Maybe today’s the day to write the endo post. I’ve had the shakes upon waking this morning at 0930, it’s now 1630. Pain + a headache lingering on and off all day and at first thought, ‘oh it’s the weather, this heavy fog hurting my head, the pressure, that’s what it feels like’. Then the cramps, and would you believe it I’m actually bleeding today! The hollow legs akin to a bout of mild food poisoning, ‘oh, it must’ve been last night’s pad thai, too rich, too fatty, too oily, too much, too foreign for my body.’ It’s always something. But that’s the way it is now. Some days are clear and light spirited, think of a pony in a meadow and others, like today, sluggish like a hydrostatic bottomfeeder and the day’s gone in an instant and I’ve been sat here for all of what felt like five minutes. There’s also the mild nausea, brain fog + stabbing pains, the floppy limbs like you’re made out of jelly, like you shouldn’t even have limbs and why, you could just float all day and wouldn’t that be the life? I ought not to complain. Before my surgical diagnosis my pain was worse, think 11/10 when now it sits anywhere between 4-8/10. The trade off being it used to appear about every 2-3 months though lasting 2-3 days so I couldn’t do much but wail in bed, up to my eyeballs on ibuprofen and codeine. Staggering to fill up the jug for hot water bottles and feeling sorry for myself to the highest degree. So when doctors turn around and say it’s just your period, it’s natural, you are perfectly normal and healthy well, why, you begin to think that maybe it’s all in your head (or in my case it literally is as there is research suggesting that redheads have a lower pain threshold and higher pain sensitivity!?)
As you can see I couldn’t of held down a proper job, therefore having the ‘casual’ contract but then of course the on-call lifestyle gets to even the healthiest among us so you’d have to be taking a death sentence to have opt for on-call work with a chronic illness. I had the ibs symptoms daily and university was hellish, I still think I’m lucky to have graduated, for it drove me near insane and it’s not a phrase I use lightly.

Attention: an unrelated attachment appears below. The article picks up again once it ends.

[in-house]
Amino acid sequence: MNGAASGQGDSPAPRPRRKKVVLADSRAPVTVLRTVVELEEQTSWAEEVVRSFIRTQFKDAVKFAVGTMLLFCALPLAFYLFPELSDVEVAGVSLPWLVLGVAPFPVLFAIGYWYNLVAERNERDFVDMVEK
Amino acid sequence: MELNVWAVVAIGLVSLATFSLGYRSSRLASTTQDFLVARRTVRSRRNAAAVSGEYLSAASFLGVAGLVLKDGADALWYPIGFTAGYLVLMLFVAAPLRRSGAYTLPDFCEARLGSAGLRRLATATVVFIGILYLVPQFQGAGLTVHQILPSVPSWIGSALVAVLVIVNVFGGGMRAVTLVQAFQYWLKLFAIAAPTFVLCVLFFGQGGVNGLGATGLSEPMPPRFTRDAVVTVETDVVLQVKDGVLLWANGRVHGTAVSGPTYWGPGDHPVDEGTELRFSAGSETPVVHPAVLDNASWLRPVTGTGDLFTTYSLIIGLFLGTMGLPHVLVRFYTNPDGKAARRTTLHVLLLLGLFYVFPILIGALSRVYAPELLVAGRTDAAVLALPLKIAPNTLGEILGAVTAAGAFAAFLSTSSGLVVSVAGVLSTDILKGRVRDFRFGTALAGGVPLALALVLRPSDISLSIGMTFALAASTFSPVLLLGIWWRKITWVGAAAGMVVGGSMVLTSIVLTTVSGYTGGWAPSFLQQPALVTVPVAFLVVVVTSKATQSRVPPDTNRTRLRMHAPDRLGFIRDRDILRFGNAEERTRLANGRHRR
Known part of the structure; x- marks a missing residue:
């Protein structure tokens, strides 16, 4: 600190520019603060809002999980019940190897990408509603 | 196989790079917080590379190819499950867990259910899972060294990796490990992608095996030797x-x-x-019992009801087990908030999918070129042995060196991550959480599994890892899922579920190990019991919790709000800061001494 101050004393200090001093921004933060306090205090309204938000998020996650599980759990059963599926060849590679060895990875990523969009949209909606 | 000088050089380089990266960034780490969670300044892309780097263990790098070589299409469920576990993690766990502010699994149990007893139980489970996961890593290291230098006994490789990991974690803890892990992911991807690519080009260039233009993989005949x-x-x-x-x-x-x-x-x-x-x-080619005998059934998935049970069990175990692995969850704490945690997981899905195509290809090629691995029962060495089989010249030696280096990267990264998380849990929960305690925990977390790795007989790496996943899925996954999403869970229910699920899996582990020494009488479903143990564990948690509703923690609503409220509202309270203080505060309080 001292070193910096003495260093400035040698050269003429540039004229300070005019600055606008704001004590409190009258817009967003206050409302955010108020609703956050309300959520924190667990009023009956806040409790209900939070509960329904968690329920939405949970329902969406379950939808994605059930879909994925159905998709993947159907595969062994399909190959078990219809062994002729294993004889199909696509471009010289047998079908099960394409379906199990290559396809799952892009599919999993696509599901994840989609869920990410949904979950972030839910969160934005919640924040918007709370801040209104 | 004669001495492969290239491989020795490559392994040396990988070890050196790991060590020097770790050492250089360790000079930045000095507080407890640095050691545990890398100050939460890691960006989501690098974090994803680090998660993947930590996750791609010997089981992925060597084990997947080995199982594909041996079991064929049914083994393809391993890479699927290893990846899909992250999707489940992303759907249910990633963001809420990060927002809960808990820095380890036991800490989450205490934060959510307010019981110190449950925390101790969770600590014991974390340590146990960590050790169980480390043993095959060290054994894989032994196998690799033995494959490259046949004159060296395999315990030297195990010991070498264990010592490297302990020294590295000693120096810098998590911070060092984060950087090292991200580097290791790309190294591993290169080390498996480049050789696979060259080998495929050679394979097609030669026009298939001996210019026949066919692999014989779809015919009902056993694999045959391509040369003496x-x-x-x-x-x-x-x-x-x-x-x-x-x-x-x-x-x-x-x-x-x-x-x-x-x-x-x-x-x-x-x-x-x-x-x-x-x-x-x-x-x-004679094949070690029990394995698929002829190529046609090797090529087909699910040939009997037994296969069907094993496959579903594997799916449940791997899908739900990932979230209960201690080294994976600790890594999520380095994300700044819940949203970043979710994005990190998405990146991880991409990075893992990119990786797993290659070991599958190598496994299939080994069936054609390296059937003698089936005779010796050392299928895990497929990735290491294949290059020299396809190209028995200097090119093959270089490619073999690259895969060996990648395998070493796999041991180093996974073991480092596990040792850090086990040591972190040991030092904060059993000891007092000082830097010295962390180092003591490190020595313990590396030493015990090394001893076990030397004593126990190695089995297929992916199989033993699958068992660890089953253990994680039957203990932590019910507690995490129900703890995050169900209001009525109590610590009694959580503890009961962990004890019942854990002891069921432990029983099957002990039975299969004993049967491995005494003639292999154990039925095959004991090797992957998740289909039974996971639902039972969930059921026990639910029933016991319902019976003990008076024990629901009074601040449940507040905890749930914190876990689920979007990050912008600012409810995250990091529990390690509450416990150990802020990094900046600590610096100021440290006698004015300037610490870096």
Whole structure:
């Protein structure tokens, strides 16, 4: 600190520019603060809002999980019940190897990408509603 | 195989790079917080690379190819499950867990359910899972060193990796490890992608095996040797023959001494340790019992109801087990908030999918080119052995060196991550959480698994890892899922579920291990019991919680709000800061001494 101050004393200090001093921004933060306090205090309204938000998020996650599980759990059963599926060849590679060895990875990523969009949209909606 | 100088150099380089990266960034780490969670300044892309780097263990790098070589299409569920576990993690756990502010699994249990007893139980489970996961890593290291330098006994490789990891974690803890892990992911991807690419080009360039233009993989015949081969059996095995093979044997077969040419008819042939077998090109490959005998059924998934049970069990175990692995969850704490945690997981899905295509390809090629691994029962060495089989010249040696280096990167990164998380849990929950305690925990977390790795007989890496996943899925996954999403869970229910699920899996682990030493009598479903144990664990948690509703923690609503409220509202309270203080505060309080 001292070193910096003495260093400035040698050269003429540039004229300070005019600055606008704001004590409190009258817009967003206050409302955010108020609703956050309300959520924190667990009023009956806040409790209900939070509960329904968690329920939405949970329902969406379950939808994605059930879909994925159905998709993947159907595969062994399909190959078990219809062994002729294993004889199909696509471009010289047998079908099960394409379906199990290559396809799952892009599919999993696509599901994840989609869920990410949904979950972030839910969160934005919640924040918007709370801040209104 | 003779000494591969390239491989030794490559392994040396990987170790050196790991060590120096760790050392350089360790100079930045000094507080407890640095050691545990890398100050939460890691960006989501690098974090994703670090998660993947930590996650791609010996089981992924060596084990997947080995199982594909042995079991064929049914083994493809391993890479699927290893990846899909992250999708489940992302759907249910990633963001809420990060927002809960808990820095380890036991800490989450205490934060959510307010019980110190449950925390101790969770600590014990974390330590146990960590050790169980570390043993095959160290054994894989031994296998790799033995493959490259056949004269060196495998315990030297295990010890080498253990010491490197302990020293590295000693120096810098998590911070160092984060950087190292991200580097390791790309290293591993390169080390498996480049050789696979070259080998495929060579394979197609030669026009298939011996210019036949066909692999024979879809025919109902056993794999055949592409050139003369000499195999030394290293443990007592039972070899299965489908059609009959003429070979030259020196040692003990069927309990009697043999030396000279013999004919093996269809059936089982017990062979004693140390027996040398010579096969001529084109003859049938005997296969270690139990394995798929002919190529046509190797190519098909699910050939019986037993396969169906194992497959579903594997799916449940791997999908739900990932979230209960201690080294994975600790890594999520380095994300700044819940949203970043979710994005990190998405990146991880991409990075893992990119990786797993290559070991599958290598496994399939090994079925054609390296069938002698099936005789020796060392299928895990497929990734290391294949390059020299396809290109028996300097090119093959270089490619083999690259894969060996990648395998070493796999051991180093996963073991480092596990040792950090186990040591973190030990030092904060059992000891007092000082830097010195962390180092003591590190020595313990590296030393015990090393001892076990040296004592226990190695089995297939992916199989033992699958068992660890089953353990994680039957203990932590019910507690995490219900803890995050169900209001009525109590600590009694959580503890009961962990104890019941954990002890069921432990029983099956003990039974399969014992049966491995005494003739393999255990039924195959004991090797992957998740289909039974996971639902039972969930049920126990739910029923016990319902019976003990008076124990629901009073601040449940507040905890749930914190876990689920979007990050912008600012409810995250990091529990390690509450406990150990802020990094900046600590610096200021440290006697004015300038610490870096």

Now: I was lucky. I saw a gyno and was put on a waiting list for surgery. That was in May last year. I was operated on in August by that same wonderful gyno (bless her cotton socks). My diagnosis, hopeful (if there is such a thing), “the early stages, entry level” and she even noted my ovaries were fine + healthy (at 19yo i was diagnosed with pcos and at 21yo a cyst left me bedridden for a week). Now I have the hormone releasing IUD and have done for near 10 months. I’m still adjusting to it, like hell it was a max. of 6 months adjustment but, ‘hey, everybody’s different!’
I’m trying to cut down on the NSAIDs I take. Maybe I could try a more plant based diet, but that makes me panic – since my ibs (or is it all just the endo – nobody knows!) cannot tolerate the mere thought of legumes, beans, soy.
I realise I am a lucky one. I know that I’m privileged in both my appearance and diagnosis. Doesn’t make this any easier (oh how I wished it did). In a world of social media I am bombarded by my friends with their children, something they (the medical professionals) tell me is possible but not certain in my future and with this IUD it seems a long way off. Funnily enough the IUD is the only way to deescalate the whole situation down there. (“pump ‘er full of ‘ormones!” – I neglected to say that the months leading up to my surgery the gyno prescribed me a case of hormone therapy – which worked wonders for my pains and figure! Why couldn’t I have stayed on them?!)
So, the pain, is less dramatic but more frequent. Every other day and nothing is going to change that. The best I can do is wake up and see where the day takes me. Let myself take it easy and not beat myself up about it when I can’t do basic human things. I need to let myself know that it’s okay to be slow for today my body needs rest + my mind is elsewhere.
I’m not sure if any of you have even read this far, but please, please don’t suffer in silence.